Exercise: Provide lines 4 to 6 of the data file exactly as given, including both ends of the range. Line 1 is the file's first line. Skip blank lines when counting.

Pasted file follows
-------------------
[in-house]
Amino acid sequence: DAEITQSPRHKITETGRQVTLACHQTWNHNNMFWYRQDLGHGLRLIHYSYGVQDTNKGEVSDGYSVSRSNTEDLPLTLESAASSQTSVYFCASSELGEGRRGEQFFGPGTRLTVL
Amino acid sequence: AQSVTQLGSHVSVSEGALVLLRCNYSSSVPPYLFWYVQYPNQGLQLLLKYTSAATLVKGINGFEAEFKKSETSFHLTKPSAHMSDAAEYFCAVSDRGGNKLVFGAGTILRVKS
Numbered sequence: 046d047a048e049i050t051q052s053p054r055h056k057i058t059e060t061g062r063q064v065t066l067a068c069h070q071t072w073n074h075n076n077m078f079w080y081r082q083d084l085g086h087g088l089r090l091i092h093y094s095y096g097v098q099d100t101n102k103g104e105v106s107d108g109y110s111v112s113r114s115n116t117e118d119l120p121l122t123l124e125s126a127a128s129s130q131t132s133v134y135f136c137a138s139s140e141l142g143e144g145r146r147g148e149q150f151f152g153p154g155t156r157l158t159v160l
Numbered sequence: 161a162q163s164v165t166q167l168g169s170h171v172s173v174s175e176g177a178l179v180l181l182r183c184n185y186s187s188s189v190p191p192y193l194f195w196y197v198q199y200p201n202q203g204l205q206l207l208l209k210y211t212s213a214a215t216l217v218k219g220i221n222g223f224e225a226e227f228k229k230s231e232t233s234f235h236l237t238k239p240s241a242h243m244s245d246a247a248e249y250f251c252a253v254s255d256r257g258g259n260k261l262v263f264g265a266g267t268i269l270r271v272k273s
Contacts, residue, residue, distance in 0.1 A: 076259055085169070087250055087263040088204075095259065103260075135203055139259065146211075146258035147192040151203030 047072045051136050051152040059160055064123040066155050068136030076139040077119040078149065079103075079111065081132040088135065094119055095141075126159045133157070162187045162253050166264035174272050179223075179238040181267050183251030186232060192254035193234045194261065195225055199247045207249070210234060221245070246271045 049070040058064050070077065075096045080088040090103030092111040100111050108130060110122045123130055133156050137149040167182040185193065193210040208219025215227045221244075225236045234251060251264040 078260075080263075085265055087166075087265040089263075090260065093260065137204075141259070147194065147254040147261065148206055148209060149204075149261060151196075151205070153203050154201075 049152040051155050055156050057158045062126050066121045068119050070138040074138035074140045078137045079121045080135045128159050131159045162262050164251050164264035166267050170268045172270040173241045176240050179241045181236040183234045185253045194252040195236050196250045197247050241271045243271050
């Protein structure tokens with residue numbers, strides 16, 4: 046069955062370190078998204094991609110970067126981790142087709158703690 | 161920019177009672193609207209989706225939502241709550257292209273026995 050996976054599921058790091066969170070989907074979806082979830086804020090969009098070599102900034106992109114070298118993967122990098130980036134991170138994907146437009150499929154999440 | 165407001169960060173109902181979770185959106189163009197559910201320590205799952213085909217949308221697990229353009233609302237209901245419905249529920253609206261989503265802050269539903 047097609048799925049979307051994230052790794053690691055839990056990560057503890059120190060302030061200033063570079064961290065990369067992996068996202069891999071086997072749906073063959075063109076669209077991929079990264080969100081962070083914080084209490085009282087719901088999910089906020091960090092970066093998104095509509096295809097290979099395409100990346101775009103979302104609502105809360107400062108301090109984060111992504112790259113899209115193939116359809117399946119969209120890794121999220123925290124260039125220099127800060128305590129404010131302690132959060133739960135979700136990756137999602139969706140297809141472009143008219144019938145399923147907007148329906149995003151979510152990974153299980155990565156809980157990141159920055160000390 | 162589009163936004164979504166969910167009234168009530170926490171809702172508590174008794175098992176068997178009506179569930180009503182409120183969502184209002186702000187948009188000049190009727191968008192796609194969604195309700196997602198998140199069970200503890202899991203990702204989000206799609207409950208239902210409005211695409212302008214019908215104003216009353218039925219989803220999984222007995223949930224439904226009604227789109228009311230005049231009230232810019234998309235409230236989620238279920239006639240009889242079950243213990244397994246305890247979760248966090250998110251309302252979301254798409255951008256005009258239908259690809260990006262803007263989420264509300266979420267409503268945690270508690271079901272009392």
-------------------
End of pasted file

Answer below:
Numbered sequence: 046d047a048e049i050t051q052s053p054r055h056k057i058t059e060t061g062r063q064v065t066l067a068c069h070q071t072w073n074h075n076n077m078f079w080y081r082q083d084l085g086h087g088l089r090l091i092h093y094s095y096g097v098q099d100t101n102k103g104e105v106s107d108g109y110s111v112s113r114s115n116t117e118d119l120p121l122t123l124e125s126a127a128s129s130q131t132s133v134y135f136c137a138s139s140e141l142g143e144g145r146r147g148e149q150f151f152g153p154g155t156r157l158t159v160l
Numbered sequence: 161a162q163s164v165t166q167l168g169s170h171v172s173v174s175e176g177a178l179v180l181l182r183c184n185y186s187s188s189v190p191p192y193l194f195w196y197v198q199y200p201n202q203g204l205q206l207l208l209k210y211t212s213a214a215t216l217v218k219g220i221n222g223f224e225a226e227f228k229k230s231e232t233s234f235h236l237t238k239p240s241a242h243m244s245d246a247a248e249y250f251c252a253v254s255d256r257g258g259n260k261l262v263f264g265a266g267t268i269l270r271v272k273s
Contacts, residue, residue, distance in 0.1 A: 076259055085169070087250055087263040088204075095259065103260075135203055139259065146211075146258035147192040151203030 047072045051136050051152040059160055064123040066155050068136030076139040077119040078149065079103075079111065081132040088135065094119055095141075126159045133157070162187045162253050166264035174272050179223075179238040181267050183251030186232060192254035193234045194261065195225055199247045207249070210234060221245070246271045 049070040058064050070077065075096045080088040090103030092111040100111050108130060110122045123130055133156050137149040167182040185193065193210040208219025215227045221244075225236045234251060251264040 078260075080263075085265055087166075087265040089263075090260065093260065137204075141259070147194065147254040147261065148206055148209060149204075149261060151196075151205070153203050154201075 049152040051155050055156050057158045062126050066121045068119050070138040074138035074140045078137045079121045080135045128159050131159045162262050164251050164264035166267050170268045172270040173241045176240050179241045181236040183234045185253045194252040195236050196250045197247050241271045243271050